26/11/2013 by Don Quijones
Almost exactly two years ago to this day Mariano Rajoy rode a wave of public anger to win a landslide victory in Spain’s general election. The man who it seemed could never win anything was suddenly gifted the closest any politician can hope to get to absolute power in an ostensibly democratic society.
Now, two years on, Rajoy’s government has finally made it to the halfway point of its majority mandate. To mark this achievement the normally media-shy, gaffe-prone prime minister took to the road this week to try to convince the Spanish people and overseas investors of the great strides his government has made in bringing the country’s economy back onto a stable footing.
It is, admittedly, a tall tale, but nonetheless one that will no doubt be greedily lapped up by the financial press and international investment community. After all, now that the Greek economy is officially dead, Portugal mortally wounded and Ireland a shadow of its former self, Spain is the last remaining poster child of the Troika’s austerity dogma and as such must be celebrated as a success story.
Yet for most ordinary people living in Spain – people who have to work or run a small business for a living, pay off exorbitant mortgages, find jobs that don’t exist or struggle to recoup the life savings they lost in the banks’ preferentes scam while supporting three generations of their family on rapidly dwindling pensions – the government’s claims of recovery, based on one quarter of GDP growth worth 0.1 percent, are a farce, an insult to the most modest intelligence.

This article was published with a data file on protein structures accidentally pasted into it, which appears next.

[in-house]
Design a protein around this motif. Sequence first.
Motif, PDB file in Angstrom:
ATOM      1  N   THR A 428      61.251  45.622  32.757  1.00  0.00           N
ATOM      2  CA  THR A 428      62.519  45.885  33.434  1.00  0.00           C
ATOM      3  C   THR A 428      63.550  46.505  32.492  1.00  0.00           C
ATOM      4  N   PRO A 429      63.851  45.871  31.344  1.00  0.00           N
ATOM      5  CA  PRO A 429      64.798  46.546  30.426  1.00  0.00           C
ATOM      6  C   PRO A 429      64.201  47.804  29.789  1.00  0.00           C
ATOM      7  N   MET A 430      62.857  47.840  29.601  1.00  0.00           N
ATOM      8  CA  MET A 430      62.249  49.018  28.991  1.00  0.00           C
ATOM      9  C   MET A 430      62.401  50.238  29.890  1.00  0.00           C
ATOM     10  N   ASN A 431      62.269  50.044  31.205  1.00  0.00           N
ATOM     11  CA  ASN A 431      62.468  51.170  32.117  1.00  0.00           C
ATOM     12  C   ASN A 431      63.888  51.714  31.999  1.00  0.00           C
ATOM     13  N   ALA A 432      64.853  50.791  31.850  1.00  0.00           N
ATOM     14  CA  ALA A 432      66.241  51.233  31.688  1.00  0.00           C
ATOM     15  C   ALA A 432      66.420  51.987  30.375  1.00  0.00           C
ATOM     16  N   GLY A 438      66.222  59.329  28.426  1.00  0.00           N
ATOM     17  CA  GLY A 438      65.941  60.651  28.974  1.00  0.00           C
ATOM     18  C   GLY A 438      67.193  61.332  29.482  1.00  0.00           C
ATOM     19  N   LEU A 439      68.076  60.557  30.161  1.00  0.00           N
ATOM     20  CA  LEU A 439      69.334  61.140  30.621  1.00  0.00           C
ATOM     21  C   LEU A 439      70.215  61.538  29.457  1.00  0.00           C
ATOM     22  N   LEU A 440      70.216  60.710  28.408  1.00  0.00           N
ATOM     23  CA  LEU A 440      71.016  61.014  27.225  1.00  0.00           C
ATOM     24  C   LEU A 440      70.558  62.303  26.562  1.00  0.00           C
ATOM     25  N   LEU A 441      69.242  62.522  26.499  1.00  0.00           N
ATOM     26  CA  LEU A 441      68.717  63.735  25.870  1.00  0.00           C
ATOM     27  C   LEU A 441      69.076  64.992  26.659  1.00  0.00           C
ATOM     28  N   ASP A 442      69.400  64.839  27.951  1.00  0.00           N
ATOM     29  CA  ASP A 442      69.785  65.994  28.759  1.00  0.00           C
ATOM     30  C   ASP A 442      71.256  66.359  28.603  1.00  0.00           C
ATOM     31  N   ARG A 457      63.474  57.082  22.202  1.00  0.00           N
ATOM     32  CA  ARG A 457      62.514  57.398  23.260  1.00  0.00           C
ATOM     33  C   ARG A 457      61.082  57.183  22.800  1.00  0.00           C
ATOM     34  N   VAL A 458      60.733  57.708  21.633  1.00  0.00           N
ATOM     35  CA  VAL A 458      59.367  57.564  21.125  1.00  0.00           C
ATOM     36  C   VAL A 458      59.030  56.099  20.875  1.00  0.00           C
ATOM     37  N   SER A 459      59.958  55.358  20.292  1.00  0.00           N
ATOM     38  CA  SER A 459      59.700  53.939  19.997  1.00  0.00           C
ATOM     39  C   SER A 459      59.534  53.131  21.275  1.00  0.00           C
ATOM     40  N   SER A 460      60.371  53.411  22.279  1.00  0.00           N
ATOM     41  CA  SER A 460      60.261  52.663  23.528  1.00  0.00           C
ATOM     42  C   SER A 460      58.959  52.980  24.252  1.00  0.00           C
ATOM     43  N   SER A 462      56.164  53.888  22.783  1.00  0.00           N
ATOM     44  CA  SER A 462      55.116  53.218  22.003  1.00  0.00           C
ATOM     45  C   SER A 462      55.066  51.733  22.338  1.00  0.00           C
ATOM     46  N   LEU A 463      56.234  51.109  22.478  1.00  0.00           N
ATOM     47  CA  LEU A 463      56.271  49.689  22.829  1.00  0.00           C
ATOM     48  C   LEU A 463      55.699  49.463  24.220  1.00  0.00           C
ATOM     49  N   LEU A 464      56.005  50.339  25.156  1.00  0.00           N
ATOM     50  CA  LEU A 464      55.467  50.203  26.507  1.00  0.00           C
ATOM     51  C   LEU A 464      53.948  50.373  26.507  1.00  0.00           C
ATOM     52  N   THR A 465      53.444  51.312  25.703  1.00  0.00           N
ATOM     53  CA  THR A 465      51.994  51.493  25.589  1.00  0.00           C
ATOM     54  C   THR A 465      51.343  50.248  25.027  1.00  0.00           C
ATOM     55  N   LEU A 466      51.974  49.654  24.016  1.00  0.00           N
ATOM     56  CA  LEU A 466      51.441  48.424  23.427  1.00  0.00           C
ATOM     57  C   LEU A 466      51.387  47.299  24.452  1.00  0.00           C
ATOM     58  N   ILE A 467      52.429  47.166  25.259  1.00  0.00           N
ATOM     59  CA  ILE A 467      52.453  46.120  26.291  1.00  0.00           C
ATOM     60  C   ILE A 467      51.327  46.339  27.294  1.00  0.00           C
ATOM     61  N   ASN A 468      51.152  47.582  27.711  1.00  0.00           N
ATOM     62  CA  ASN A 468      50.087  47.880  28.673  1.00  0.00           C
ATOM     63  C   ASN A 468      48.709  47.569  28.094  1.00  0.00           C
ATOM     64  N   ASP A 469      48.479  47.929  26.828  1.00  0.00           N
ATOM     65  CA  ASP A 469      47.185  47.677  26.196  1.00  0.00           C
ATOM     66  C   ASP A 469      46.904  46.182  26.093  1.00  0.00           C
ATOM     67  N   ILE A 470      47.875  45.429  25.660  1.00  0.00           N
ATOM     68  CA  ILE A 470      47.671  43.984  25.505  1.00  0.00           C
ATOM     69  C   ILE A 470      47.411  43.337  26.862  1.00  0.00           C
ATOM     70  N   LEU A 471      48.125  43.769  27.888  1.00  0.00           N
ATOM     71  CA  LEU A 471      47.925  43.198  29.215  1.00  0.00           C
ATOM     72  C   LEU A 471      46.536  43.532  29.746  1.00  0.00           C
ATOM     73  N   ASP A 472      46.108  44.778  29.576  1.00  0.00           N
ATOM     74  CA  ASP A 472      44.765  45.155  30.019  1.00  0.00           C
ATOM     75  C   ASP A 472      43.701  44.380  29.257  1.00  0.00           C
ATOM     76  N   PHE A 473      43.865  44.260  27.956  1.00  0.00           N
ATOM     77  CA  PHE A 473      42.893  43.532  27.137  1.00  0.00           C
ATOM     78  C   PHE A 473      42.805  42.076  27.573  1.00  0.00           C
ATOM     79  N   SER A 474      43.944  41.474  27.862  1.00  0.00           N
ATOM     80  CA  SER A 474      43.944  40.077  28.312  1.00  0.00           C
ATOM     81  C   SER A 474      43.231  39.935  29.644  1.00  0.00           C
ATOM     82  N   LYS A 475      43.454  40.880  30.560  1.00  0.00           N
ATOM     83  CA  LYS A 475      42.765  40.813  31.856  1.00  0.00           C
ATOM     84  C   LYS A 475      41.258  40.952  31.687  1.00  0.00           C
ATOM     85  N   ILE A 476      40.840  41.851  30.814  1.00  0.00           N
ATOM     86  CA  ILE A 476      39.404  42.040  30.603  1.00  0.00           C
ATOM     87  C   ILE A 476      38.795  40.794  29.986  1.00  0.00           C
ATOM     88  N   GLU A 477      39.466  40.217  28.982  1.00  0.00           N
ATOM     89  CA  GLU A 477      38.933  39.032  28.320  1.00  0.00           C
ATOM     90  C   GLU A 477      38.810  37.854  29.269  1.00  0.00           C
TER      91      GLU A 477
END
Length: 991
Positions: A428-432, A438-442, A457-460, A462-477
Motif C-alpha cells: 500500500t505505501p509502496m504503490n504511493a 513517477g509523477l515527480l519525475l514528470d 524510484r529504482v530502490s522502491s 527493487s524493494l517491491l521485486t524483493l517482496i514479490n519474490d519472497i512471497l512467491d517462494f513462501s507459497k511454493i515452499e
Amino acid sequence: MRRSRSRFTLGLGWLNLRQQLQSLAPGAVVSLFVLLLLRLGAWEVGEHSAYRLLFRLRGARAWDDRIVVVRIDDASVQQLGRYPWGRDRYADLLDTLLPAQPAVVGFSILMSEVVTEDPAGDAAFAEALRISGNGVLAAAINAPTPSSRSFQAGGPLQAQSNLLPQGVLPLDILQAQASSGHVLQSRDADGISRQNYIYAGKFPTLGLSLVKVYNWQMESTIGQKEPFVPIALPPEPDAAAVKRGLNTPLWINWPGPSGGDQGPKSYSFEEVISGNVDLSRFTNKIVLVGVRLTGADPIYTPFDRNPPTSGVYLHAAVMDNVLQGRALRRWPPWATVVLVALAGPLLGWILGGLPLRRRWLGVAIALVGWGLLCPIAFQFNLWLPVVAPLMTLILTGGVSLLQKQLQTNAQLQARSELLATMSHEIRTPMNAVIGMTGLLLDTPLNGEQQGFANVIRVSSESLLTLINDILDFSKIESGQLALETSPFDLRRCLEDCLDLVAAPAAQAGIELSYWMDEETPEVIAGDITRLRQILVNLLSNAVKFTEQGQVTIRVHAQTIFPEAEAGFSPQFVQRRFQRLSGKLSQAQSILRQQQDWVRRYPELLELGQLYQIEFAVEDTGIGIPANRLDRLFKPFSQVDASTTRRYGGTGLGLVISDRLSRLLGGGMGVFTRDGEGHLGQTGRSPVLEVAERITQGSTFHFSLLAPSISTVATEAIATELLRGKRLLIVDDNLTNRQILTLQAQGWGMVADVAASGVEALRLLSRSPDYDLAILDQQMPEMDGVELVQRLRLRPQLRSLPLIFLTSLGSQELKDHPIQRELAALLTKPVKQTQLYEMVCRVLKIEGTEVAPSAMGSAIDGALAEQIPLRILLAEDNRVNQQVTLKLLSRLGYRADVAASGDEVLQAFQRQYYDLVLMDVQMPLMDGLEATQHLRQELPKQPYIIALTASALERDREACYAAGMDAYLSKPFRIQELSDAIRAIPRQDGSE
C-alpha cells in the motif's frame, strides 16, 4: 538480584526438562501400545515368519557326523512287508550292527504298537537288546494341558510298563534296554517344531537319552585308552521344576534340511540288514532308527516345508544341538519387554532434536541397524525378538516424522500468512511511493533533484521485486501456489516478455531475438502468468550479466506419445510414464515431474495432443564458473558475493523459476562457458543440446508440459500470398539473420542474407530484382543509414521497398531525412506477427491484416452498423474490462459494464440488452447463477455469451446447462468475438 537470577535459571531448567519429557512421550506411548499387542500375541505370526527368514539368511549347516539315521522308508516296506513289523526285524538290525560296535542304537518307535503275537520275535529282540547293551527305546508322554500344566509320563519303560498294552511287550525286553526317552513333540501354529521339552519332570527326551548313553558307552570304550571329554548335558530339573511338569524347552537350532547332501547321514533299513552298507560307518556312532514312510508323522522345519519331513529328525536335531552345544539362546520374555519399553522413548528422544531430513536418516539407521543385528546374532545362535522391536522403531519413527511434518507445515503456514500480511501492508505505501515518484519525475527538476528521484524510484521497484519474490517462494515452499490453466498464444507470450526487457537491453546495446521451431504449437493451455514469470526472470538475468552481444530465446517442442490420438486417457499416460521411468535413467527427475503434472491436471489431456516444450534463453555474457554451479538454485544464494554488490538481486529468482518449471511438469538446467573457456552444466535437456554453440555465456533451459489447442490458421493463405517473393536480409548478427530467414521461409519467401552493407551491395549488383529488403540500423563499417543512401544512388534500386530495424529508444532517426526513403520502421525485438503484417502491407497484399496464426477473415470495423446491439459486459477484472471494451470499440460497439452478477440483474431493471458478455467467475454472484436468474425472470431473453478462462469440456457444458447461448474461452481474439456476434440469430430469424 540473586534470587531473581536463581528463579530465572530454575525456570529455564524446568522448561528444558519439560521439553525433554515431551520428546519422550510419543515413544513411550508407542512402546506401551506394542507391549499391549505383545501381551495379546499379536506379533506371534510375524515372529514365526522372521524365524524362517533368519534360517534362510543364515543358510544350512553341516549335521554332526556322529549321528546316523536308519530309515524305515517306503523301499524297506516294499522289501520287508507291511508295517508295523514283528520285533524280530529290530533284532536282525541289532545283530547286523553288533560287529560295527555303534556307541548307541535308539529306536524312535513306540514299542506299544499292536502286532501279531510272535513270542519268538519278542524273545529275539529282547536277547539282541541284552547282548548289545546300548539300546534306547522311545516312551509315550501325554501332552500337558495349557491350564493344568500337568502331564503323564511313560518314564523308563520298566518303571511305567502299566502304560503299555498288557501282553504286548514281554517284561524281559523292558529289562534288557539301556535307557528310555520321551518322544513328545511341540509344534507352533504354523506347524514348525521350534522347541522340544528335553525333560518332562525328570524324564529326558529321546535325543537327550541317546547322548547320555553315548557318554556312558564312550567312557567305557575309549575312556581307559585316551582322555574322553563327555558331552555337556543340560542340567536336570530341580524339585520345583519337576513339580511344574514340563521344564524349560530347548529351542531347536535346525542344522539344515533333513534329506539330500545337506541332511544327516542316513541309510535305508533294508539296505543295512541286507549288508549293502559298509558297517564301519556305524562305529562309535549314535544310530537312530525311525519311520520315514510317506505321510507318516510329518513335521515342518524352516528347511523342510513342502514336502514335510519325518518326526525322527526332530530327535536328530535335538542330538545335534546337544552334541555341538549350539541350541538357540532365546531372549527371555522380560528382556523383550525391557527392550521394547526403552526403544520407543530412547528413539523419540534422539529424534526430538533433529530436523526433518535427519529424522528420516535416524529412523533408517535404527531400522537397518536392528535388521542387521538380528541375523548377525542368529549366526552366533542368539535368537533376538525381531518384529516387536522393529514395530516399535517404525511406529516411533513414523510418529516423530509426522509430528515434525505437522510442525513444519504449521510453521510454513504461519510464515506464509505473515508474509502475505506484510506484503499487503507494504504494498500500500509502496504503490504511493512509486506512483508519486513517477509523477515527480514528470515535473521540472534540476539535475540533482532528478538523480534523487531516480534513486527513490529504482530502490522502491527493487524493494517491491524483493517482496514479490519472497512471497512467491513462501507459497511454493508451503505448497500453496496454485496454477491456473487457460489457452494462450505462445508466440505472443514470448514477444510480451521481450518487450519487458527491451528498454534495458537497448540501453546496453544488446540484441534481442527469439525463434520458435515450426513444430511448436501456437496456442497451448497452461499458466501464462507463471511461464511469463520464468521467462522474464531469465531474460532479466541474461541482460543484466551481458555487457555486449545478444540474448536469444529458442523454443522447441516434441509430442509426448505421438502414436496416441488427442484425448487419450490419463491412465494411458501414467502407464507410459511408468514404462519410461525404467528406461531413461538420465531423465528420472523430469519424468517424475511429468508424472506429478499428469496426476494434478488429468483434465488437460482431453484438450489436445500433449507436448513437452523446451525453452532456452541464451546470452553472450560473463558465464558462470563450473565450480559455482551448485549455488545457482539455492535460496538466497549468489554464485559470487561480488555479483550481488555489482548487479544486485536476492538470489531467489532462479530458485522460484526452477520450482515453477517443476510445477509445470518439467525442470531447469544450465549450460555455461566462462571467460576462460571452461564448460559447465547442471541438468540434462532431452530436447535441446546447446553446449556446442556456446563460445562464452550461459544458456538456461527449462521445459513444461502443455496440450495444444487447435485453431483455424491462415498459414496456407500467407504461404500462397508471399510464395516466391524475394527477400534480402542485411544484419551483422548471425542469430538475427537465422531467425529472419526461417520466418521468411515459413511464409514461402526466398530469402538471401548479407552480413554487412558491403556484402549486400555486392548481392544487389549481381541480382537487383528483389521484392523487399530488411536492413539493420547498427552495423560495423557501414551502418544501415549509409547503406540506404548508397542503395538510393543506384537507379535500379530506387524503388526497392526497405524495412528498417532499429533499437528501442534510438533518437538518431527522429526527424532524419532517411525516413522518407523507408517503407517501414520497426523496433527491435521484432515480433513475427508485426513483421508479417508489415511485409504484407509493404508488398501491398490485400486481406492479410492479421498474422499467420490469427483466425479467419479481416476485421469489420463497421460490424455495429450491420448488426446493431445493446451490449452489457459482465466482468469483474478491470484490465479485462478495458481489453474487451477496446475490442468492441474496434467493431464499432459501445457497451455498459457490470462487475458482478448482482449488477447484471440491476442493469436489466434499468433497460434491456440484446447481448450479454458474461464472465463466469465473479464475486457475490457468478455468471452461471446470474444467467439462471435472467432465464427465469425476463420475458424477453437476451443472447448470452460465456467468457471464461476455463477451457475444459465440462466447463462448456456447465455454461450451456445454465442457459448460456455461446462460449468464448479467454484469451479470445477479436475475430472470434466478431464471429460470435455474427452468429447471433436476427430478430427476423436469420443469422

The Real Picture
Rather than bearing hope of future prosperity, the green shoots Rajoy and his ministers endlessly tout are merely the last remaining weeds peeping through the rubble of what once existed of the country’s real economy. Rajoy’s true economic legacy is a bleak reality indeed, and one which includes:
– Ballooning public debt. Total public debt – that is, debt including municipal and regional obligations — is now well above 100 percent of GDP. Indeed, Spain’s public debt has increased more in the last two years under Rajoy than it did during Zapatero’s entire legislature, and that despite – or, as some might say, because of — the Rajoy administration’s brutal, ideologically driven austerity program.
It is a program or, better put, pogrom that targeted the weakest and most vulnerable in society, including the terminally ill, disabled and pensioners, while leaving completely unscathed the wallets of the country’s burgeoning political class — in Spain there are a staggering 450,000 elected representatives, political appointees, consultants, advisors and general hangers-on (working out at roughly one for every hundred Spanish residents). This compares to 100,000 in Germany, a country with a much larger population and which, if we’re being honest, is considerably better run than Spain.